Writing is an Addiction

The need to write is an opiate that afflicts many, and its symptoms include observing, recording and digesting events as they happen.

Like any creative endeavour, writing stems from an intimacy with life. Intimacy inherently seeks expression, manifestation and ultimately satisfaction. It is a beautiful, never-ending journey. Although the process might at times feel less romantic than this.

“There is nothing to writing. All you do is to sit down at a typewriter and bleed.”

Ernest Hemingway

Nevertheless, the suffering involved must satisfy a yearning otherwise we would have seen an end to the craft long ago.

And yes, it is a yearning. It is addictive. Once you do it, you want more; you will always have more to say. Ideas won’t leave you be. Half-written pieces keep haunting you. Correlations between your ideas show up in the outside world and your hair keeps being pulled until you sit down to write.

As well as the incessant inspiration of the outside world as an ever ready muse, you also have your world within fuelling your writing. All that has happened to you and all that you have ever felt in your life matters when you sit down to write. A writer is the student of the outside world and a guru of the inner world. These are the tools you need for writing. The world outside and the universe inside, are at your disposal, for free!

And there is more. Above and beyond the opportunity to cultivate skills in expressing your imagination, writing also works as the most adept personal therapy system. Writing is the magic wand in clarifying and compartmentalizing the debris hidden in the deepest recesses of your mind and soul.

Yes, writing is bleeding your soul out at times, and it is very difficult at times. But living as a writer has its immense perks that only an old time writer can vouch for.

This is why writers write. Interestingly, a writer writes even when he or she is not actually writing.

Life is a story with myriad of plots and sub-plots and twists and bridges intrinsically interwoven.

A writer can’t not be a writer; even if he or she is not writing, because writing is an affliction, a condition that never lets the writer be anything else.

Unlike most people, the writer becomes a witness to the events of life, intensely feeling the tragedies, the comedies and even the boring bits. Experiencing the world willingly yet more intensely than the normal people. He or she will try to see the same event from different angles and from different points of views. People see with their eyes and taste with their tongue and smell with their nose and hear with their ears and touch with their skin. The writer does all that with language, and expands the sensory observations beyond what he himself perceives.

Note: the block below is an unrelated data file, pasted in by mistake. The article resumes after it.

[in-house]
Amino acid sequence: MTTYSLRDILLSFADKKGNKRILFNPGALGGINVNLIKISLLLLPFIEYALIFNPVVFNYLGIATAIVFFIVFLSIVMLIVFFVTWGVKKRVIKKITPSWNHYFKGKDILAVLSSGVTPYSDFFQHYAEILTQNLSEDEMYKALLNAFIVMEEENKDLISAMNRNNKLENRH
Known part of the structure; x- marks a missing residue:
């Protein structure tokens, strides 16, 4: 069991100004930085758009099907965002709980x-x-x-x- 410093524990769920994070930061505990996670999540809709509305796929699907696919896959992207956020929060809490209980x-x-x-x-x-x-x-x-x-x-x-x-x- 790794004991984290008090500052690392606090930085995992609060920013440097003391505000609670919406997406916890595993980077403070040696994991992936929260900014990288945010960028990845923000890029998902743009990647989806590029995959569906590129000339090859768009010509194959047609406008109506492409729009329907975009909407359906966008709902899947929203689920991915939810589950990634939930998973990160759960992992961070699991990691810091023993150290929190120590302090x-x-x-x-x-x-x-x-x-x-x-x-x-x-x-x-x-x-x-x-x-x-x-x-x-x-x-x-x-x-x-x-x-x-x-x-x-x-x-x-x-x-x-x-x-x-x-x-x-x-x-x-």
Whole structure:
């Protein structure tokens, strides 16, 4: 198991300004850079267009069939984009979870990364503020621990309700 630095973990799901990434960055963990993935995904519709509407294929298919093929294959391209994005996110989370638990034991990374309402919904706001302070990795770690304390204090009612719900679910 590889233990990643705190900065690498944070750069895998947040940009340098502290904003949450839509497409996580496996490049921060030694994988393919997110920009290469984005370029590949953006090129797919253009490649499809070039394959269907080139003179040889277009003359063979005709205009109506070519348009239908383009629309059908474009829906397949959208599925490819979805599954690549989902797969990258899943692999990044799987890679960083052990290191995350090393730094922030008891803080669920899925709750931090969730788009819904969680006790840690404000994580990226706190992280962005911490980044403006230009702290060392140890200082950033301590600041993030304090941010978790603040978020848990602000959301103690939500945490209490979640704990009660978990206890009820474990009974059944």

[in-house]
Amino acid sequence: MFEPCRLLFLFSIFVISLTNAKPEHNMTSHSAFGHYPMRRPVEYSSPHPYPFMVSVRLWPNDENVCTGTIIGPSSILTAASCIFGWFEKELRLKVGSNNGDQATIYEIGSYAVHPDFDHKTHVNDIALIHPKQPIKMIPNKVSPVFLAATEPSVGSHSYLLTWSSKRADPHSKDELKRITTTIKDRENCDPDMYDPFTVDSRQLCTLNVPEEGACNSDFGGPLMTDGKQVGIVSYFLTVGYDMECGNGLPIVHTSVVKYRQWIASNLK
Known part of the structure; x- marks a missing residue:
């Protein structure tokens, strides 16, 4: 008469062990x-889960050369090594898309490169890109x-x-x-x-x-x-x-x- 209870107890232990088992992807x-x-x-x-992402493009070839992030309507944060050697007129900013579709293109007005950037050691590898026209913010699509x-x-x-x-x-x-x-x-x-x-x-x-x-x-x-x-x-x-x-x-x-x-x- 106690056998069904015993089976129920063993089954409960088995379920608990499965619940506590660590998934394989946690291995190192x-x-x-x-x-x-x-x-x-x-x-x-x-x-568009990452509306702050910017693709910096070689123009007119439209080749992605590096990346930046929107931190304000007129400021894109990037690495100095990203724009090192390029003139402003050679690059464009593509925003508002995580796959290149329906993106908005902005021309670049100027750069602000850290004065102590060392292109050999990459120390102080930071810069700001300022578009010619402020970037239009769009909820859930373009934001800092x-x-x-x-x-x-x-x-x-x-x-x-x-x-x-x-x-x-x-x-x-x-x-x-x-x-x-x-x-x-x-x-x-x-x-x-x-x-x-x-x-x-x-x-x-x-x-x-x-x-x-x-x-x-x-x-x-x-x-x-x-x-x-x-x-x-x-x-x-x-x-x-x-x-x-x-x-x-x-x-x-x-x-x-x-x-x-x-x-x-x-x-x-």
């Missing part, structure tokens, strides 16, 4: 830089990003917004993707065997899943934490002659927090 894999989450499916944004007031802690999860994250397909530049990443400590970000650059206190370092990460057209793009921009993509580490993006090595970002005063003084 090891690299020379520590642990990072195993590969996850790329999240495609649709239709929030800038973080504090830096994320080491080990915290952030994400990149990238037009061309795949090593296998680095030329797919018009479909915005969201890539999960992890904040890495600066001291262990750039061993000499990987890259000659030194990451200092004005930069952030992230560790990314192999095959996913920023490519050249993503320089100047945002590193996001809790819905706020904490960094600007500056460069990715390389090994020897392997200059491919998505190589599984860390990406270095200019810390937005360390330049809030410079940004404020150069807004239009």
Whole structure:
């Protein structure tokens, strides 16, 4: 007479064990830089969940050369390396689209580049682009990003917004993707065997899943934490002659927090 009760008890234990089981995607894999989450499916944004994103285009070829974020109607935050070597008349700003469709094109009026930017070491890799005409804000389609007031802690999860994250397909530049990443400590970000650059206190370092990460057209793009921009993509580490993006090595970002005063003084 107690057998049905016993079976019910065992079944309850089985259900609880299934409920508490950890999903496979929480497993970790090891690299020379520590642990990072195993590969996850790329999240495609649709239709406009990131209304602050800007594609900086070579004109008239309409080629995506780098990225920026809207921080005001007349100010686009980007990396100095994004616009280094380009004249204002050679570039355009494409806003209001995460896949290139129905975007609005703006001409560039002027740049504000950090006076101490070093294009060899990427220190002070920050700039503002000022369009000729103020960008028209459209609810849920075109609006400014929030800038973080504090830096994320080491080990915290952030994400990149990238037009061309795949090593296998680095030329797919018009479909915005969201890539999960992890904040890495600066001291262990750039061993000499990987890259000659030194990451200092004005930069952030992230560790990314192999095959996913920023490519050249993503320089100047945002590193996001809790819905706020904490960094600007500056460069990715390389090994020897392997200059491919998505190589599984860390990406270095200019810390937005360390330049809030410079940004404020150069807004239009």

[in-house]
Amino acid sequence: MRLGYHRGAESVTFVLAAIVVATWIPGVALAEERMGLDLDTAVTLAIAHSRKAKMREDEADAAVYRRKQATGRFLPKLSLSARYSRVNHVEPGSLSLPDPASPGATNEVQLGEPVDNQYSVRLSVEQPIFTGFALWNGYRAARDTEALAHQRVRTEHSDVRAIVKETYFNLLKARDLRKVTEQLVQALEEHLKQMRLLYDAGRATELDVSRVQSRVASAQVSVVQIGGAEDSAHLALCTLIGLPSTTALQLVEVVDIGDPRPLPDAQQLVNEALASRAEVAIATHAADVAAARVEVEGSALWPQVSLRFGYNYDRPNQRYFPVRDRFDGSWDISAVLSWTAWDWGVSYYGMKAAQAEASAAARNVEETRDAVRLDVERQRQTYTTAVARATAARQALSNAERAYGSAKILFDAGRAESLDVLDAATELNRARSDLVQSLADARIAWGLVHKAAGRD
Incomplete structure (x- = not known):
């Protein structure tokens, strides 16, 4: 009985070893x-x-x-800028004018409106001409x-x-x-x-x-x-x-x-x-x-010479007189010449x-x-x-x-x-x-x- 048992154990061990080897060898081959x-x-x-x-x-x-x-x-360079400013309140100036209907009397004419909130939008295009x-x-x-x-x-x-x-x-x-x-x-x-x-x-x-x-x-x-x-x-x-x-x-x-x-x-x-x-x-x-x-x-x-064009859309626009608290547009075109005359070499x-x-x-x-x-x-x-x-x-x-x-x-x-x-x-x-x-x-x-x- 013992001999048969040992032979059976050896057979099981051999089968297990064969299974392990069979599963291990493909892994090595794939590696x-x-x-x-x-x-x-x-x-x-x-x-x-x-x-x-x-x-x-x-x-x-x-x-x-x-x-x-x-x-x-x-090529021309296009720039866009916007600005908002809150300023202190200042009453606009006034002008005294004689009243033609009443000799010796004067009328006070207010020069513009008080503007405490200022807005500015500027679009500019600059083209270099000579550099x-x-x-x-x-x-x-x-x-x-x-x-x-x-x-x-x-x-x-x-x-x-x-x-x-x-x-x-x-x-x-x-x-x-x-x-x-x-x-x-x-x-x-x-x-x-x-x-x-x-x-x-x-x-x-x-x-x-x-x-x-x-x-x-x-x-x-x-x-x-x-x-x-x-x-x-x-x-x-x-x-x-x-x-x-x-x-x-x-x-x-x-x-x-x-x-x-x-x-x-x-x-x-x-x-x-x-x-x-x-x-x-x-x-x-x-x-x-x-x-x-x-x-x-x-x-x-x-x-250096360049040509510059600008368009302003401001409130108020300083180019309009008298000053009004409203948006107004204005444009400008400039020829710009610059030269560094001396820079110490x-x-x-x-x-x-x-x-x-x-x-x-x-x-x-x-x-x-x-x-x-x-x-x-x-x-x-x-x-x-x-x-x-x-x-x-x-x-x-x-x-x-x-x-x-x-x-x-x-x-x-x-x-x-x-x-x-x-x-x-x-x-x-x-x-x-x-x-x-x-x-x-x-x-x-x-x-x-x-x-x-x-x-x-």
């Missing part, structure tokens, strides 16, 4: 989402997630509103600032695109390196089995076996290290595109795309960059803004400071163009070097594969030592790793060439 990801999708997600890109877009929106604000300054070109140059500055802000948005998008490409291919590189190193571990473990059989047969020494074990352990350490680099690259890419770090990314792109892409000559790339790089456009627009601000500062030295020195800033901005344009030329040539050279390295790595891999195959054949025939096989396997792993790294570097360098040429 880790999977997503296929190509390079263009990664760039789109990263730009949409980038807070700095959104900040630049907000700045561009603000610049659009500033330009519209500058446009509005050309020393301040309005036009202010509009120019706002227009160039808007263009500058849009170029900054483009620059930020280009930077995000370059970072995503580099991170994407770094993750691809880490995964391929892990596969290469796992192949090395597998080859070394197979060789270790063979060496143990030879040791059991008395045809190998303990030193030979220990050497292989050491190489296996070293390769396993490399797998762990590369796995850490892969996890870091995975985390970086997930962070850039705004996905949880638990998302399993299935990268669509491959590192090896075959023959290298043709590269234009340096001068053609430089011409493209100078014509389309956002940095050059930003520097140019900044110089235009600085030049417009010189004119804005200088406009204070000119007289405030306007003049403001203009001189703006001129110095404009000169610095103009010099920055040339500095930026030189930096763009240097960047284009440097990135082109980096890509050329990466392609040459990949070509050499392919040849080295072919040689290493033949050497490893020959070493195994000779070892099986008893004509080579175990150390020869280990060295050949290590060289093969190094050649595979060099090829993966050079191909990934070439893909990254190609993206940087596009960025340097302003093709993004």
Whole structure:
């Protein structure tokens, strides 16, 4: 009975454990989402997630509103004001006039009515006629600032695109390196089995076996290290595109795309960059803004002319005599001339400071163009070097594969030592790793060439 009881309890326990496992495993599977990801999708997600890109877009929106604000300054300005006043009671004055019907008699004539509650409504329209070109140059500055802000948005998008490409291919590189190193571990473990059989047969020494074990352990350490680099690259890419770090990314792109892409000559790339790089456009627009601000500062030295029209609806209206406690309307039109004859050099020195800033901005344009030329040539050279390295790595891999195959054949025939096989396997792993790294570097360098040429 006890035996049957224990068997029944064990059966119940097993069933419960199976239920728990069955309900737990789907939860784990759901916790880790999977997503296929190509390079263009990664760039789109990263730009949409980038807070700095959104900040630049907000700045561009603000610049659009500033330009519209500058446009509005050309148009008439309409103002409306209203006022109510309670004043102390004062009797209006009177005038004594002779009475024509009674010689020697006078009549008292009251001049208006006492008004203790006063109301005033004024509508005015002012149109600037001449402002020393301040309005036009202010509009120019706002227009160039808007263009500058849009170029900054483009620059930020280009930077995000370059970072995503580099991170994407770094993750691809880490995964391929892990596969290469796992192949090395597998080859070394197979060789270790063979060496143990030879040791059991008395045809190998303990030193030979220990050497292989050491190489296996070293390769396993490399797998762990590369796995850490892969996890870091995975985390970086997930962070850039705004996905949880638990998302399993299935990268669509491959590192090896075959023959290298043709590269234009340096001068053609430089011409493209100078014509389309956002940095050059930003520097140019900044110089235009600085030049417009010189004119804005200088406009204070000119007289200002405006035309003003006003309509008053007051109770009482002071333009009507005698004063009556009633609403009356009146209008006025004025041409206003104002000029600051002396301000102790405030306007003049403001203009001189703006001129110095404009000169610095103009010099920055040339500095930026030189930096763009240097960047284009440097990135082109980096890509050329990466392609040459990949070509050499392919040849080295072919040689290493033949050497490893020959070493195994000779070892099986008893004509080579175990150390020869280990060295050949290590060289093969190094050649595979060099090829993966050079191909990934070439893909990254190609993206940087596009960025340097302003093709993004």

A writer has an insatiable hunger to witness every scene in the story of life using all senses ravenously; their own story and everyone else’s. The stimuli might be in a casual conversation with a friend or overhearing someone else’s conversation, or in how a stranger walks or in a family feud or it might be from an intended academic research. Impetus is a halo around the writer and like a sponge it absorbs all that is going on.

People ought to be aware that whatever they say or do might be immortalized by their writer friend. After all, half the ideas come from what life offers the writer. This is why a writer must always carry a ‘think book’ and be ever ready to jot things down. This cannot be emphasised enough. Taking notes is vital! And as soon as an idea or inspiration knocks, a writer must write it down there and then. Without fail that prominent idea proves its transience within minutes.

To a writer, life is a playground of perception and manipulation. A writer creates worlds, destroys lives, experiences romance or erotica to the extreme and weeps and weeps when the heroes die or when a child is left unloved. He wriggles in bed at night to the torture of alternate endings confusing his mind and he forgets to eat when the flow takes over. At times, he freezes, the mind gets blocked and when this happens, life seems futile, a grey cloud of helpless failure takes over all aspects of his life and he wonders whether he can ever write again. His self-worth plummets and all the enticement of absorbing life is replaced with doom and gloom. Yet, he writes. Because the condition makes him itch and he has to scratch it and keep on witnessing, researching, analysing and creating more and more worlds.

Founder of bohemi Project and Sacred Savouries. A playwright, director, producer and trainer of dramaturgy, she boasts 44 original scripts.

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